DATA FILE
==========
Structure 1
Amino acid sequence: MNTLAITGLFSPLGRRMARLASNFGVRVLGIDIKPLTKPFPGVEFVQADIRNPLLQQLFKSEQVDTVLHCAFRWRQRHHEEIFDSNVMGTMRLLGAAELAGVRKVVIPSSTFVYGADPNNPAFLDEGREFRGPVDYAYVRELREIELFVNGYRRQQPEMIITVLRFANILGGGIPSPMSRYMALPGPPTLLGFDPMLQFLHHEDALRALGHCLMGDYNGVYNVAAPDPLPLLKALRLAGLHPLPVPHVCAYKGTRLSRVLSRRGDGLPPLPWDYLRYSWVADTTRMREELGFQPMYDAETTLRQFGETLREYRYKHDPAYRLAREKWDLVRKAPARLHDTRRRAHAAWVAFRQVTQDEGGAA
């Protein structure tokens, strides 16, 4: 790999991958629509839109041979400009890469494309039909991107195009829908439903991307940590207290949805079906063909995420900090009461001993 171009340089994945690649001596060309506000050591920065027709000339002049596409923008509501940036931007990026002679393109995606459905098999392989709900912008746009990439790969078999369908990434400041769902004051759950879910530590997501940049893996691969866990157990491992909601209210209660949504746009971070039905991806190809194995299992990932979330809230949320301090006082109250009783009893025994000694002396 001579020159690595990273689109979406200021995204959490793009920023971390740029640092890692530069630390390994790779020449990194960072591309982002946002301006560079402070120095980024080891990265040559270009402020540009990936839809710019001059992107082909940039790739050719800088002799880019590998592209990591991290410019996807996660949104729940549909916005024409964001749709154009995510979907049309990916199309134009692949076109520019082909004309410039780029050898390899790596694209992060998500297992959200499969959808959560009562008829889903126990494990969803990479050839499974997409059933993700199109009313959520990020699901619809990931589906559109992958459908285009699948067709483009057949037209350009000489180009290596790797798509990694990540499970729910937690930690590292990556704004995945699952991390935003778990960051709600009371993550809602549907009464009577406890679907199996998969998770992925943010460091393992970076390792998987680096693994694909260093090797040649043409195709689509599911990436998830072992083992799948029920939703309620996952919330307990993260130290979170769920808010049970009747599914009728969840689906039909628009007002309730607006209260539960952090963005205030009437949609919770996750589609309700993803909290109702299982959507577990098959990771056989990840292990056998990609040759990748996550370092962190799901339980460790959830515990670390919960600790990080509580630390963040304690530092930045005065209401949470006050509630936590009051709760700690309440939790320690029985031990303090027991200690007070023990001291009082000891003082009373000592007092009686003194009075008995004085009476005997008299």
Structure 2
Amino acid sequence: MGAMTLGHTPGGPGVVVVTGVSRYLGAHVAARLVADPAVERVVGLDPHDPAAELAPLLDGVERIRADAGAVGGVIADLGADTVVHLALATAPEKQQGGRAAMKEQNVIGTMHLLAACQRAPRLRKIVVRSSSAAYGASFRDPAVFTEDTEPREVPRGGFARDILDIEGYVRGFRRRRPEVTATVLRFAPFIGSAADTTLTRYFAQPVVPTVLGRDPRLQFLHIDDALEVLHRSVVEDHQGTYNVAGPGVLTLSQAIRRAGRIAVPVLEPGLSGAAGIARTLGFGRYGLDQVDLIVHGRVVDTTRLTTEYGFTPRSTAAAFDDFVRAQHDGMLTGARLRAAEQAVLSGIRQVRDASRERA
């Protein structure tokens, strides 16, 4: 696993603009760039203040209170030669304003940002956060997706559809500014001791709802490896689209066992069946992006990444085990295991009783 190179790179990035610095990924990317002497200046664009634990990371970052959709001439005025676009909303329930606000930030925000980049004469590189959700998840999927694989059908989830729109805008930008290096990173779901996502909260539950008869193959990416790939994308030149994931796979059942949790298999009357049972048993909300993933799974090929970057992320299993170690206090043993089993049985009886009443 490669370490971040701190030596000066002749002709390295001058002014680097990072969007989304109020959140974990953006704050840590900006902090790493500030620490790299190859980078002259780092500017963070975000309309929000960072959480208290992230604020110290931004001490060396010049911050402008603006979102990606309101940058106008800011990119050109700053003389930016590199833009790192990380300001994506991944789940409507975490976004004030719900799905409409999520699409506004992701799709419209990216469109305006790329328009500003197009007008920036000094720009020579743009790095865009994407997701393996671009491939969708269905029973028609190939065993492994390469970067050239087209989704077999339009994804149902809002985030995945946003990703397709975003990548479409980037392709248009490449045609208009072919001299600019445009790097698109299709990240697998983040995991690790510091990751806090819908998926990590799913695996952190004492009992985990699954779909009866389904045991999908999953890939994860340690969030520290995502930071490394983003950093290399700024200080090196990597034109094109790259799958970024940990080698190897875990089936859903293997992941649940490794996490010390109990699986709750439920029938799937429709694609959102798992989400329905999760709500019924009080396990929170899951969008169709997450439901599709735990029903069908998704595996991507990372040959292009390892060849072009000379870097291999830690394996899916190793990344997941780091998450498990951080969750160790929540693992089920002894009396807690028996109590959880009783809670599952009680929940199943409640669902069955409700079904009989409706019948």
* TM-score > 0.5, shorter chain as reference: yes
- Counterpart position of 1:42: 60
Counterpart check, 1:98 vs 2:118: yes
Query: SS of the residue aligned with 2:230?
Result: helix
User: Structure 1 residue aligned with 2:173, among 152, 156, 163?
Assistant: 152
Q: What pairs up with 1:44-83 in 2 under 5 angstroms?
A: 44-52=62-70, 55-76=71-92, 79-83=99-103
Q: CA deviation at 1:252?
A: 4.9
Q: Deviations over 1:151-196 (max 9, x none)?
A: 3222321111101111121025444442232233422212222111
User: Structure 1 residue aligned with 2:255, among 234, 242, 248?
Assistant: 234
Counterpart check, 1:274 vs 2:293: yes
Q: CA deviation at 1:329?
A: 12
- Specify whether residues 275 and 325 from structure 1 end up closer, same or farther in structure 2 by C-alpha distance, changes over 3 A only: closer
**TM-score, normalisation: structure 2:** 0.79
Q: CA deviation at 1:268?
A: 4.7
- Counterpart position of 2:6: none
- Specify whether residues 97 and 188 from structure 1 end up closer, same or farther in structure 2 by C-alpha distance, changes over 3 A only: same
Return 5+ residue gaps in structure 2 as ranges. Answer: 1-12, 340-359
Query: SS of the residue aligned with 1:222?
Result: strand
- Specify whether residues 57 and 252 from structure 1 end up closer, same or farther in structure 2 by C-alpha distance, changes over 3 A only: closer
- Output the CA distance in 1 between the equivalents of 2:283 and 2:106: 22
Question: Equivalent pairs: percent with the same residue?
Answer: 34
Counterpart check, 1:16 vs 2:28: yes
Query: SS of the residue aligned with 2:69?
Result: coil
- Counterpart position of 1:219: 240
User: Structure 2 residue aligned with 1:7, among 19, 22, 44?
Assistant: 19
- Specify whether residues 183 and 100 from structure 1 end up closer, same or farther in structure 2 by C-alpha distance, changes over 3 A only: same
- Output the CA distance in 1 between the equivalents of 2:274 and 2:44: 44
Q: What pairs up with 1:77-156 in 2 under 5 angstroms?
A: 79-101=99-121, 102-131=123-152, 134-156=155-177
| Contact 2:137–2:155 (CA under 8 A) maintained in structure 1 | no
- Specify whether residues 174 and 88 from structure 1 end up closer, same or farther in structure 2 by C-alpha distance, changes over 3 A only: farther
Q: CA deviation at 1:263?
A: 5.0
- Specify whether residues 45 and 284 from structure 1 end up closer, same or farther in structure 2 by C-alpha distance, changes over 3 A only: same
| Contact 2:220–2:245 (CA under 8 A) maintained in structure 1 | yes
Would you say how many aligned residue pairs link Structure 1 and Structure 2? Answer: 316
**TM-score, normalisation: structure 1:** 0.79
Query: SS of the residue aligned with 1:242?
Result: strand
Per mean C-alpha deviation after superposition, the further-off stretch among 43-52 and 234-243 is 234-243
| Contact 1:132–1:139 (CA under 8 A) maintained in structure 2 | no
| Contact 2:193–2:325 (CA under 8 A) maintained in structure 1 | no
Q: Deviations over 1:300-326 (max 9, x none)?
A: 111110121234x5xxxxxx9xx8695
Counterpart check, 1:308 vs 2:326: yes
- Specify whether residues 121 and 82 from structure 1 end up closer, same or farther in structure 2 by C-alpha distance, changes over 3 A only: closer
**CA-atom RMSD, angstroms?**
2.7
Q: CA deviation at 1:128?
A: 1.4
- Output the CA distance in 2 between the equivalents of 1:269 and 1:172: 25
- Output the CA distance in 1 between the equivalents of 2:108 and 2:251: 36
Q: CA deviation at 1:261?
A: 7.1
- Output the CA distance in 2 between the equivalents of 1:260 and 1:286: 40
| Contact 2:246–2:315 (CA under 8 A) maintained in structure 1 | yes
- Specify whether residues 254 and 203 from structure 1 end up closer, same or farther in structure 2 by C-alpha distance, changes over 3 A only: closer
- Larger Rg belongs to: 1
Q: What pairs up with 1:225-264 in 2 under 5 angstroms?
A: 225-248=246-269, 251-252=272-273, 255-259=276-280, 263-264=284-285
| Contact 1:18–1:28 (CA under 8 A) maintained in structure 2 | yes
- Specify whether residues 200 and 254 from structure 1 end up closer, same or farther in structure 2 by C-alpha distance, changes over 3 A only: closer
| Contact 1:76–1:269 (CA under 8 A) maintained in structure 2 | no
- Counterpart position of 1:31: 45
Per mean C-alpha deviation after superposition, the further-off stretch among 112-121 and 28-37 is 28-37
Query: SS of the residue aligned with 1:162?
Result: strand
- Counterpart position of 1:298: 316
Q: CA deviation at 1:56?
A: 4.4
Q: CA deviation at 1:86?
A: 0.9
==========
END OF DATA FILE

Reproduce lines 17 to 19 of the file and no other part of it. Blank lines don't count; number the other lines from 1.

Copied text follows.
A: 4.9
Q: Deviations over 1:151-196 (max 9, x none)?
A: 3222321111101111121025444442232233422212222111